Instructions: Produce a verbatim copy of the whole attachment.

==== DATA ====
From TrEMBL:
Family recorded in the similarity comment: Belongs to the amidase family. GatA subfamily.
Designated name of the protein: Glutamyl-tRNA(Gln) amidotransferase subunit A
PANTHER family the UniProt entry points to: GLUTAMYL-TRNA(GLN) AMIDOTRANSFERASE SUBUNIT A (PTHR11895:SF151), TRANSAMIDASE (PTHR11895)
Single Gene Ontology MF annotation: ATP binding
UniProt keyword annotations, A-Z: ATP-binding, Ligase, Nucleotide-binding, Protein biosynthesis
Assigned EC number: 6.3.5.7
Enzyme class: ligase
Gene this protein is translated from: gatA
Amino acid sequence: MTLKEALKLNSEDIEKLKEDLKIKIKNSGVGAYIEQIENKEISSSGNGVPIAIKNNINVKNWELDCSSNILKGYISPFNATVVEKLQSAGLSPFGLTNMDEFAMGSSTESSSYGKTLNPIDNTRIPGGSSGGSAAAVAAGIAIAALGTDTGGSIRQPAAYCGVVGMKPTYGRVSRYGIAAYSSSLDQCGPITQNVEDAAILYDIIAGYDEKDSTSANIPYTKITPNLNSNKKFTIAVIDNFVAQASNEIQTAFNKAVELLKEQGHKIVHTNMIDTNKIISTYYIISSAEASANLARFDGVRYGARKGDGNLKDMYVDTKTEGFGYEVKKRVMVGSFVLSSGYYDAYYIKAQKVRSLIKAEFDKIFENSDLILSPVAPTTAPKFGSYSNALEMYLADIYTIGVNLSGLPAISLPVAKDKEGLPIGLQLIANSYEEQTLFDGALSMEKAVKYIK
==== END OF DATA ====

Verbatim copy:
From TrEMBL:
Family recorded in the similarity comment: Belongs to the amidase family. GatA subfamily.
Designated name of the protein: Glutamyl-tRNA(Gln) amidotransferase subunit A
PANTHER family the UniProt entry points to: GLUTAMYL-TRNA(GLN) AMIDOTRANSFERASE SUBUNIT A (PTHR11895:SF151), TRANSAMIDASE (PTHR11895)
Single Gene Ontology MF annotation: ATP binding
UniProt keyword annotations, A-Z: ATP-binding, Ligase, Nucleotide-binding, Protein biosynthesis
Assigned EC number: 6.3.5.7
Enzyme class: ligase
Gene this protein is translated from: gatA
Amino acid sequence: MTLKEALKLNSEDIEKLKEDLKIKIKNSGVGAYIEQIENKEISSSGNGVPIAIKNNINVKNWELDCSSNILKGYISPFNATVVEKLQSAGLSPFGLTNMDEFAMGSSTESSSYGKTLNPIDNTRIPGGSSGGSAAAVAAGIAIAALGTDTGGSIRQPAAYCGVVGMKPTYGRVSRYGIAAYSSSLDQCGPITQNVEDAAILYDIIAGYDEKDSTSANIPYTKITPNLNSNKKFTIAVIDNFVAQASNEIQTAFNKAVELLKEQGHKIVHTNMIDTNKIISTYYIISSAEASANLARFDGVRYGARKGDGNLKDMYVDTKTEGFGYEVKKRVMVGSFVLSSGYYDAYYIKAQKVRSLIKAEFDKIFENSDLILSPVAPTTAPKFGSYSNALEMYLADIYTIGVNLSGLPAISLPVAKDKEGLPIGLQLIANSYEEQTLFDGALSMEKAVKYIK